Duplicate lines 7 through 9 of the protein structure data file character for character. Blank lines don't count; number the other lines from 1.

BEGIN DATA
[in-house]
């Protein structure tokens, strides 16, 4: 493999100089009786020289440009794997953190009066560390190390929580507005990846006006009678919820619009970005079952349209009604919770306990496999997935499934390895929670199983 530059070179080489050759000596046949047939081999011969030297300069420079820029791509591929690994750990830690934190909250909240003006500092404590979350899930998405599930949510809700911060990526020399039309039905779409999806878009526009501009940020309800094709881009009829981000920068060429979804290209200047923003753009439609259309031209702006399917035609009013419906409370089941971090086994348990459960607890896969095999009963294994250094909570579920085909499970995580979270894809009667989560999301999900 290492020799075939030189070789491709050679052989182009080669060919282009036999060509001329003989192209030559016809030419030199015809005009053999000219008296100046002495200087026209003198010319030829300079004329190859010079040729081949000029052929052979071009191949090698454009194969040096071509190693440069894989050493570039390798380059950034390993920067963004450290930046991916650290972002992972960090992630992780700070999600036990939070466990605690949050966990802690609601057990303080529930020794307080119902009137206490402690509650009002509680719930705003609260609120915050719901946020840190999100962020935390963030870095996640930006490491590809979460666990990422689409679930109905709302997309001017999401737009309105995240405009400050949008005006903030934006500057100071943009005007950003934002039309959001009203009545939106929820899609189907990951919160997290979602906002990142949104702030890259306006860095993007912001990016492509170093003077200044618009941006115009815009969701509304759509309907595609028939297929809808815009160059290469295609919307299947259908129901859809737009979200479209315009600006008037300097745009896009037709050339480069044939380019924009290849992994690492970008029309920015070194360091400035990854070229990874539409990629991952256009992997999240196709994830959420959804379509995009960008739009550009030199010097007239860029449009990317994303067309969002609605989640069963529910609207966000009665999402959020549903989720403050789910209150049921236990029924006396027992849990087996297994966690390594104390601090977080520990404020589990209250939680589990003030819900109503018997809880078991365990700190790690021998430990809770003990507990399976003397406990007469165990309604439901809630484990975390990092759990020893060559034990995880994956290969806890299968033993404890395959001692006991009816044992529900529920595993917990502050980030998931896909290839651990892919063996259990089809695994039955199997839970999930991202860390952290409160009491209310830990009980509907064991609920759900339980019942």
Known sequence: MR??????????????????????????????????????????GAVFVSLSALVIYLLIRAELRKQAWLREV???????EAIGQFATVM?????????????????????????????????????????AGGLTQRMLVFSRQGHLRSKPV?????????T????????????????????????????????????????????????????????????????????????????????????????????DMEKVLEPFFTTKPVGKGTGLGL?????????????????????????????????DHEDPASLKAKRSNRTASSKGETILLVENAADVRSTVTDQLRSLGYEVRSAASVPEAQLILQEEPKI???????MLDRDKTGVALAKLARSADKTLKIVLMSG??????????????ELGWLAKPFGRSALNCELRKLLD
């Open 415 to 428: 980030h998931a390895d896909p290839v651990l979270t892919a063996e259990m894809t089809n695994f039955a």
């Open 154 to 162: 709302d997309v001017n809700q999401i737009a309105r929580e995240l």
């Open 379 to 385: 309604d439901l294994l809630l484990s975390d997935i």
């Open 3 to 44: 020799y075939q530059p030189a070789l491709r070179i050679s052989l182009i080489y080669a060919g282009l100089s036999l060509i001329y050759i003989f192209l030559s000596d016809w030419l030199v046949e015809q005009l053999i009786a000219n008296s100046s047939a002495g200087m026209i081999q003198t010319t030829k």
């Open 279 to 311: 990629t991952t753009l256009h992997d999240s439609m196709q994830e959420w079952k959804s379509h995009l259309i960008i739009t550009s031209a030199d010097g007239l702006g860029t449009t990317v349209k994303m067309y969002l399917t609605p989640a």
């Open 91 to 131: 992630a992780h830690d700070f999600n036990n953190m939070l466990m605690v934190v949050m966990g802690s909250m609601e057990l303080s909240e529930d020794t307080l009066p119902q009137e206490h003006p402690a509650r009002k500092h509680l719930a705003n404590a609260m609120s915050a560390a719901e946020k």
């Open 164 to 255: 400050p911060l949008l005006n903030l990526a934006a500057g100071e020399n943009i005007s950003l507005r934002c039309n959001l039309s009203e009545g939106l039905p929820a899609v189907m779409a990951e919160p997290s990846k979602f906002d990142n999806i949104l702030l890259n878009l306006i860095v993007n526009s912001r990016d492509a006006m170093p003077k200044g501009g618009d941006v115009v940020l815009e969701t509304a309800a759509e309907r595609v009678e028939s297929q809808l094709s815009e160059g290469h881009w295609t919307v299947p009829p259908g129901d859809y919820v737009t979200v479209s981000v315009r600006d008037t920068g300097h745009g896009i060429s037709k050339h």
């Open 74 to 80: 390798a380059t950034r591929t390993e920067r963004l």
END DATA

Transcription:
């Open 3 to 44: 020799y075939q530059p030189a070789l491709r070179i050679s052989l182009i080489y080669a060919g282009l100089s036999l060509i001329y050759i003989f192209l030559s000596d016809w030419l030199v046949e015809q005009l053999i009786a000219n008296s100046s047939a002495g200087m026209i081999q003198t010319t030829k």
């Open 279 to 311: 990629t991952t753009l256009h992997d999240s439609m196709q994830e959420w079952k959804s379509h995009l259309i960008i739009t550009s031209a030199d010097g007239l702006g860029t449009t990317v349209k994303m067309y969002l399917t609605p989640a």
């Open 91 to 131: 992630a992780h830690d700070f999600n036990n953190m939070l466990m605690v934190v949050m966990g802690s909250m609601e057990l303080s909240e529930d020794t307080l009066p119902q009137e206490h003006p402690a509650r009002k500092h509680l719930a705003n404590a609260m609120s915050a560390a719901e946020k």